Cursed Monastery of the Crocodile-Behemoth (Part 5)

April 3, 2020

Part 4

 

Here's the end result: link

 

That shouldn't have taken so long, but it took me a while to sort out something for the warded rooms of the genius loci.

 

As is quite evident from looking at the PDF, I didn't end up making any maps for this one.  I don't believe any of the places would've really benefited from the effort.  I know there are modules out there that love to map out every last space where something might happen, but as I'd said back when I was talking about urban campaigns and also with my random "village with a cult" generator, I don't see much point in making maps if they aren't going to be more useful than improvising something on the spot.

 

Since this was a pretty simple adventure to scale up or down, I decided to aim it at mid-level play, which I'd consider to be about levels 3 through 6 in old school D&D.  Admittedly, this isn't an adventure where levels would play too much of a factor, but that range lets me get away with decent-sized squads of Dirge members for the initial kidnapping and escalated reactions to interference, and it also lets me be a little more comfortable with unclear puzzles since the characters are more likely to have access to some degree of utility support, whether in the form of magic or NPC allies.

 

Speaking of puzzles, I was sure from the beginning that I wanted to have a "direct" way of sealing the genius loci but a more complicated way of confronting it permanently.  Initially, I had a color using acronyms and color codes, but I ditched that for a few reasons.

 

Primarily, that didn't really have much of anything to do with the rest of the adventure, so it felt like a swerve for no good reason as soon as I wrote it down.  While I've got no objections to having some variety in the challenges that the players are presented with, there's a difference between variety that has some degree of sense and variety that's just throwing random shit together to see what you get.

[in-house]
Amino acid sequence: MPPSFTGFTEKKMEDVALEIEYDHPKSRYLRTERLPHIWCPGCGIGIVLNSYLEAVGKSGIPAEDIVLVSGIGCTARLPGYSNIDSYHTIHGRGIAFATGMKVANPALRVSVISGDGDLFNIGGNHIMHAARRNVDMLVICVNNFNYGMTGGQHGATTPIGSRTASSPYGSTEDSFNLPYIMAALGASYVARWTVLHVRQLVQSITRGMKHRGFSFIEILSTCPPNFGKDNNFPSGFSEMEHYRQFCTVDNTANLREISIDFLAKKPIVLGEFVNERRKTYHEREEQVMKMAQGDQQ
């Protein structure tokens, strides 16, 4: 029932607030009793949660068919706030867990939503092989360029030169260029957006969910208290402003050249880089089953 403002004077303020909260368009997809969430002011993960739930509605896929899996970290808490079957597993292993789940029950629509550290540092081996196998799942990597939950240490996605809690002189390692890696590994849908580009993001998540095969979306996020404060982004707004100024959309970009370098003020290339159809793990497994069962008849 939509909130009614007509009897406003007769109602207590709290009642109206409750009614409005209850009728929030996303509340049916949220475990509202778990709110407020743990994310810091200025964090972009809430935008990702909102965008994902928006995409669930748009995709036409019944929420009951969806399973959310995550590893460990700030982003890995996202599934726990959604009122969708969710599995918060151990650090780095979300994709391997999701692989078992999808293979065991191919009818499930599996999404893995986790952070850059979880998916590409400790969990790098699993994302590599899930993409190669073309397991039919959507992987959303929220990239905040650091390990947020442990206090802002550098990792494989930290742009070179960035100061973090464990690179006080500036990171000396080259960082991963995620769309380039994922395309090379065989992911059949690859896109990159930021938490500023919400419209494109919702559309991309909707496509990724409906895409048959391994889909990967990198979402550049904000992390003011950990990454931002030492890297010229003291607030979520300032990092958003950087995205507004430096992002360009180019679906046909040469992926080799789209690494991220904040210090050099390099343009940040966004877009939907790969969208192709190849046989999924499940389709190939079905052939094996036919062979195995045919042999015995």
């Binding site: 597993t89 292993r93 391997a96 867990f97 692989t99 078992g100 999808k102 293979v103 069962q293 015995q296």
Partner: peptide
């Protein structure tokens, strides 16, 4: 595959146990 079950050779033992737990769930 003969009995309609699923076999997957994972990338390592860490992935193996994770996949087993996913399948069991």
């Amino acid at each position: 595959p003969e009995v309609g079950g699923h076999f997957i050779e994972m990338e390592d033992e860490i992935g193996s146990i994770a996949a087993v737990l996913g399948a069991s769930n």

Secondly, I wanted the puzzle to be something that a random person could conceivably solve, in order to hint at the order's origin.  The first design ended up feeling too much like something that would've been almost impossible to solve without having the clues I put in to the solution, which themselves wouldn't have existed prior to the order, thus ending up in a senseless paradox.

 

Finally, I tend to dislike puzzles that rely on English language tricks, unless the setting is explicitly meant to be the real world.  This is probably more of a personal hang-up, but I just dislike limiting myself by forcing a specific real language to be used in a fantasy setting.

 

Well, I suppose there's also a fourth reason: I feel like I'm bad at making riddles, so once the thought crossed my mind, I wanted to run with it for some practice.  One of them is ripped almost straight out of -C's "Tricks, Empty Rooms, & Basic Trap Design" PDF, and I used his advice on making riddles to come up with the other two.  Having a riddle room is still a bit of a curveball, but at least the topics do relate to the central motifs from the rest of the adventure. 

 

It should go without saying (thus I didn't write it in the PDF), but as ever with those types of riddles, the GM should try not to be a total asshole about needing a strictly-worded answer.

 

As far as treasure goes, I'm not a huge fan of packing more or less all of it into a single area, but I didn't think I could spread it out more without distraction from the main thrust of the adventure itself.  In campaign play, I'd certainly be willing to flesh out the node locations more, and I could see including more opportunities for treasure in Centia's manor or the Hermina family mausoleum, but for brevity's sake, I didn't go into such details here.  The adventure as a whole felt like a pretty brief one, so I figured a total haul that could roughly get four 4th-level fighters up a level (and thus an expectation that the actual treasure earned would be around half of that) was a reasonable target, hence a total treasure value of 34,700 sp (vs. the rule-of-thumb target of 36,000).

 

All in all, this feels like a nice little adventure, suitable for a one-shot session or as some side content in a longer campaign.  I'm not as excited about it as I was for the Walled Mound of the Hive Caller, but it's something that I could definitely see myself having a fun time of running.  Let me know how it works for you, if you decide to use it!

Tags:

Share on Facebook
Share on Twitter
Please reload

RSS Feed
Featured Posts

Diablo 2: Lord of Destruction

July 23, 2020

1/8
Please reload

Recent Posts
Please reload

Search By Text
Search By Tags
Please reload

Archive
Please reload

RSS Feed

© 2017 by Ash Adler. Proudly created with Wix.com